CAP is U.S. Air Force auxiliary
Jun 15, 2014 | 1630 views | 0 0 comments | 5 5 recommendations | email to a friend | print
The Gilmer Kiwanis Club, at its June 5 luncheon meeting, heard two cadets from the Civil Air Patrol (CAP) describe the history and goals of the organization, which is a civilian auxiliary to the U.S. Air Force.

Savannah Smith of Gilmer, deputy commander of the Gregg County Composite Squadron, used a PowerPoint presentation to give a broad overview.

Seth Grimes of Gilmer, a member of the Gladewater Corsair Composite Squadron, filled in gaps at the end.

The nonprofit CAP was formed 65 years ago. The volunteer members do surveillance and reconascence, rescue operations, looking for drugs, etc.

They recruit young volunteers, including high schoolers, and train them in aerospace and physical education-type activities, character development, etc.

“It’s a lot of fun,” Miss Smith enthusiastically said.

She showed pictures and described backgrounds of some people who started in CAP as teenagers.

One was Major Samantha Weeks, who graduated as a cadet from the U.S. Air Force Academy, and previously was the sole female in the USAF Thunderbirds.

Another was Major Ken Cap, who was a USAF cadet wing commander.

He is noted for safety landing a severely damaged A10 Warthog.

Colonel Eri Boe became a NASA astronaut and logged more than 5,000 hours in 45 different aircraft.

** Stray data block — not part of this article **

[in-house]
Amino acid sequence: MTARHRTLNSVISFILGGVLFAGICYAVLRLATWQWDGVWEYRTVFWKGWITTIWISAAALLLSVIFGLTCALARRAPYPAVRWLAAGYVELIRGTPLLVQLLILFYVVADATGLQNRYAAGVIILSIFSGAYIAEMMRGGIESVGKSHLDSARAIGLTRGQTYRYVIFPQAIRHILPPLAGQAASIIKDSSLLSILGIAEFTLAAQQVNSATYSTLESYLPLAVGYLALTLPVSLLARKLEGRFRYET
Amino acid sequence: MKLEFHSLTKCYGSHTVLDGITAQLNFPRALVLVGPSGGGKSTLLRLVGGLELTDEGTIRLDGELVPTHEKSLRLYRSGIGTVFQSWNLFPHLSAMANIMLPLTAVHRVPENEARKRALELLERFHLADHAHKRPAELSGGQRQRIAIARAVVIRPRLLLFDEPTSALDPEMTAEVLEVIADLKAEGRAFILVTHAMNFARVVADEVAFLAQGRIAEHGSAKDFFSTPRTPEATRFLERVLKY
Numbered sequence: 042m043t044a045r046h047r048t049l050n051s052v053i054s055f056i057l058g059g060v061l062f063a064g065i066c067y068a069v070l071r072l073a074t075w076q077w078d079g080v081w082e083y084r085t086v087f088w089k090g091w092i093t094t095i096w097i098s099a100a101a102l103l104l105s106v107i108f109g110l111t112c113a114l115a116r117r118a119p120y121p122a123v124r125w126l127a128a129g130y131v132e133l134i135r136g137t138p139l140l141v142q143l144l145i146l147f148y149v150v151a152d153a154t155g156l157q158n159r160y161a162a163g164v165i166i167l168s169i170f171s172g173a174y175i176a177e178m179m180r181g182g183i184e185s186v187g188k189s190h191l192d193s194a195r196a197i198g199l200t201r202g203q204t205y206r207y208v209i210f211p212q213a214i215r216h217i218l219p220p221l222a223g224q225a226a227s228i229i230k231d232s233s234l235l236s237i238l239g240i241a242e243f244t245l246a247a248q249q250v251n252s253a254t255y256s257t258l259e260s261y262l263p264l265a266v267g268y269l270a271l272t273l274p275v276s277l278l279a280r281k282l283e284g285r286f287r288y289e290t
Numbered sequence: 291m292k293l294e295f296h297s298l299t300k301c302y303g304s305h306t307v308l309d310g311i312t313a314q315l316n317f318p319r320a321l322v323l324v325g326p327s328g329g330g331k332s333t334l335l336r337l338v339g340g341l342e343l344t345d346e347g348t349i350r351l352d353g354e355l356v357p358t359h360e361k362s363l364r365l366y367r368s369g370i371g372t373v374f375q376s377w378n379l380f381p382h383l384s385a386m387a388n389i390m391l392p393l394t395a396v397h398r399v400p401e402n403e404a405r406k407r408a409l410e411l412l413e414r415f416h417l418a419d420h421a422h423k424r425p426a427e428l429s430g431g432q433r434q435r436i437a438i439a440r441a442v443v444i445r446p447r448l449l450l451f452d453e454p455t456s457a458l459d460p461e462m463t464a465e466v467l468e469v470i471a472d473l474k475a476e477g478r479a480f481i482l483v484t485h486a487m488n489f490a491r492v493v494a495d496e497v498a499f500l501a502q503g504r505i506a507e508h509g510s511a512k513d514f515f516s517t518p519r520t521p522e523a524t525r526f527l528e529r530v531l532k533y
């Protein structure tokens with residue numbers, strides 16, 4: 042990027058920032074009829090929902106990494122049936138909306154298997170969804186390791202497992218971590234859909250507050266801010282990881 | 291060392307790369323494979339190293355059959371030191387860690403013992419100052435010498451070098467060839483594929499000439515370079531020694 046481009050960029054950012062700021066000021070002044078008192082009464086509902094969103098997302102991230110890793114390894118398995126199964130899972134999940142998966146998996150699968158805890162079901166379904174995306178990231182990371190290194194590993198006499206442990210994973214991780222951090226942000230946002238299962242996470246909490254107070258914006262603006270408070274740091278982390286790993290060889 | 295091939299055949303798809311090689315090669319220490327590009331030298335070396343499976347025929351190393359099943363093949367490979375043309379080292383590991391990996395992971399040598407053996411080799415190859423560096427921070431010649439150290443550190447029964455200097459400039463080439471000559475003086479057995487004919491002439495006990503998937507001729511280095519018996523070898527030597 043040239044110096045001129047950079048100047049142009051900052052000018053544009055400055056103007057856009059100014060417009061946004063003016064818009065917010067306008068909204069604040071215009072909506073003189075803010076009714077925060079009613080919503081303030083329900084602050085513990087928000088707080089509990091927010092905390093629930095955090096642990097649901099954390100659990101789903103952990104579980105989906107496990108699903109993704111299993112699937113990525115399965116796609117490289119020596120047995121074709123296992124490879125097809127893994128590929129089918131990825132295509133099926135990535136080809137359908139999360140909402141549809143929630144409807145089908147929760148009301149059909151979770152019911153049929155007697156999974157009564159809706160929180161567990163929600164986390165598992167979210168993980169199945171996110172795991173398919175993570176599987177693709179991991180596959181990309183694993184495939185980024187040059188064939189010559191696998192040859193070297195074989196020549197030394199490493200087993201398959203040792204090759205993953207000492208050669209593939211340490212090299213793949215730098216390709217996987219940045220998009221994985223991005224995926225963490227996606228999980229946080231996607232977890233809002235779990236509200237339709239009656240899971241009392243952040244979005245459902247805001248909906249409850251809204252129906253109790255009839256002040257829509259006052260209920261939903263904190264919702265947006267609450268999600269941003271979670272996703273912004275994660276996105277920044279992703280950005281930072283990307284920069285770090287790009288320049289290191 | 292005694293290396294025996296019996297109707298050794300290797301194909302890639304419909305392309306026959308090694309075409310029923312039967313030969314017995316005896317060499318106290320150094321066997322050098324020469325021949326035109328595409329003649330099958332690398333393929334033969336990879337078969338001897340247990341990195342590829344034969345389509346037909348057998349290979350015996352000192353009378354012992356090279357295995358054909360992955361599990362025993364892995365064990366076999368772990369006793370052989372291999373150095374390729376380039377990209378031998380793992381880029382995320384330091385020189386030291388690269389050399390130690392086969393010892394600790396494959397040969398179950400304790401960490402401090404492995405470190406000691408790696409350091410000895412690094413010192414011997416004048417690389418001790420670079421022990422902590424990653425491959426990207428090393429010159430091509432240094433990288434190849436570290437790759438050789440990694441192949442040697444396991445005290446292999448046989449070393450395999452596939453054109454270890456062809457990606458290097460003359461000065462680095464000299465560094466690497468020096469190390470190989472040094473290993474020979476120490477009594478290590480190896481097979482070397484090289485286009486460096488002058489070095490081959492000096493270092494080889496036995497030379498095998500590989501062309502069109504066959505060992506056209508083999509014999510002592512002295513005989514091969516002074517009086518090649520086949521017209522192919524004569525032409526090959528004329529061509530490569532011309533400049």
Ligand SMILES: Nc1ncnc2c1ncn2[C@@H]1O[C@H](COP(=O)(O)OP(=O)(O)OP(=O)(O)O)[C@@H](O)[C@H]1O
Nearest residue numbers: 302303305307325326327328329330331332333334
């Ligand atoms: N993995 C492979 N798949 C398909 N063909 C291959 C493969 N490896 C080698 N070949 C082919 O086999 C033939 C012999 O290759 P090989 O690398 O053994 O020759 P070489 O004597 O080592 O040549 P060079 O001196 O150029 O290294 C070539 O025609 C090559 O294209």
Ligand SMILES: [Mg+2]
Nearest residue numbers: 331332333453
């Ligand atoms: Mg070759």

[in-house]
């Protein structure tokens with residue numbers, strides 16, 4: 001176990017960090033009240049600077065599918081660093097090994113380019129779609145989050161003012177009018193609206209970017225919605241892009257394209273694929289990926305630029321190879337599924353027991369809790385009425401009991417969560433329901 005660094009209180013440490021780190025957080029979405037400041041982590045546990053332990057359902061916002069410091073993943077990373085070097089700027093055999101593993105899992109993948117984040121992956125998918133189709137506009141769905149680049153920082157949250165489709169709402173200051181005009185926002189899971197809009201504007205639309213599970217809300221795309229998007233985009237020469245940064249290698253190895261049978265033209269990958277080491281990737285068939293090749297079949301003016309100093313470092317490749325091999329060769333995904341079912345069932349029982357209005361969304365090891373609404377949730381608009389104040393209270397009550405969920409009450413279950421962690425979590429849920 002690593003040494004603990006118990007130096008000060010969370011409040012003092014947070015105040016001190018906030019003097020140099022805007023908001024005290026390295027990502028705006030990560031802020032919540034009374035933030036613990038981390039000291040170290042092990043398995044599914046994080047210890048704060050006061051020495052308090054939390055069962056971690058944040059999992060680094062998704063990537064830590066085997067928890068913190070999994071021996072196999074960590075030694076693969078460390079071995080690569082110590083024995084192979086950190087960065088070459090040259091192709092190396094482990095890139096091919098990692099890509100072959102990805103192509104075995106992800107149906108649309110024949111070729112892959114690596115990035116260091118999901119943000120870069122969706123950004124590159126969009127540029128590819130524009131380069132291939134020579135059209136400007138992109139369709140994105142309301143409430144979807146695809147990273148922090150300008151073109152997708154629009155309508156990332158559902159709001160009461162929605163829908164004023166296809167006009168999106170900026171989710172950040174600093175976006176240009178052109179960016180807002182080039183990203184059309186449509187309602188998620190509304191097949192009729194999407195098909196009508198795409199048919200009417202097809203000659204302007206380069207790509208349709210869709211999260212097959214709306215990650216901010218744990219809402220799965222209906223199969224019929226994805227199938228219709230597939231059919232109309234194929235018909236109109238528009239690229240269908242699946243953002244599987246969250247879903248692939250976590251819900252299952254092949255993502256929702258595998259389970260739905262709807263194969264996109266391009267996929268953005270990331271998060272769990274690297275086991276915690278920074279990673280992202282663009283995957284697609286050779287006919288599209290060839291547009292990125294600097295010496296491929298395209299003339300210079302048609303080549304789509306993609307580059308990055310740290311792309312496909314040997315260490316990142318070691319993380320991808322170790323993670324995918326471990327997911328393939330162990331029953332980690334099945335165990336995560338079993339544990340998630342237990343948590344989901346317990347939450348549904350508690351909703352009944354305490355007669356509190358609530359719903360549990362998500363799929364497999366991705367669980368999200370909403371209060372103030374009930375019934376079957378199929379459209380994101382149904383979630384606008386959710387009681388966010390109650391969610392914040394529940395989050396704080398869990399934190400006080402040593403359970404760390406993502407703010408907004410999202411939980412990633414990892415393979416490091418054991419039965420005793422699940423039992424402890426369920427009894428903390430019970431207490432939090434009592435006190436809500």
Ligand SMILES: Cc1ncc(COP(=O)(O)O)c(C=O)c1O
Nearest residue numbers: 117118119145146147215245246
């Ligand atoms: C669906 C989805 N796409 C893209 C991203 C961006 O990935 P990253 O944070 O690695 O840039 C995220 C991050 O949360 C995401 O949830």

Locally, CAP squadrons are involved in many areas of public service, including helping out at the Great Texas Balloon Race, Dalton Days, Gusher Days, and providing Color Guards and Air Show Support.

Cadet Smith said that in the aerospace arena, locally they’ve built small rockets,and on orientation flights got to sit in the co-pilot’s seat.

“Many have never gotten into a plane before,” she said. Often, they find they love it.

They also have flight camps at various locations. Following a one-week summer camp at Nacogdoches, cadets have an opportunity to solo.

“It’s a lot of fun,” she reiterated.

In addition to flight training, they learn how to wear uniforms, are exposed to the cadet training and education program, and participate in “lots of cadet activities, locally or at large events.”

They also learn public speaking skills, which both cadets admirably demonstrated to the Kiwanians.

“We have similar interests and serve the same goals,” she said. “They have the most amazing activities. I got to do things I didn’t think I was capable of doing.”

As Cadet Grimes wrapped it up, someone asked him how he came to be in the Civil Air Patrol.

He pointed to Kiwanian and long-time CAP member, Col. Butch Ragland and said “that man right there.”

Those interested in more information or joining the CAP may call Capt. Harold Parks Jr. at 903-762-1133.
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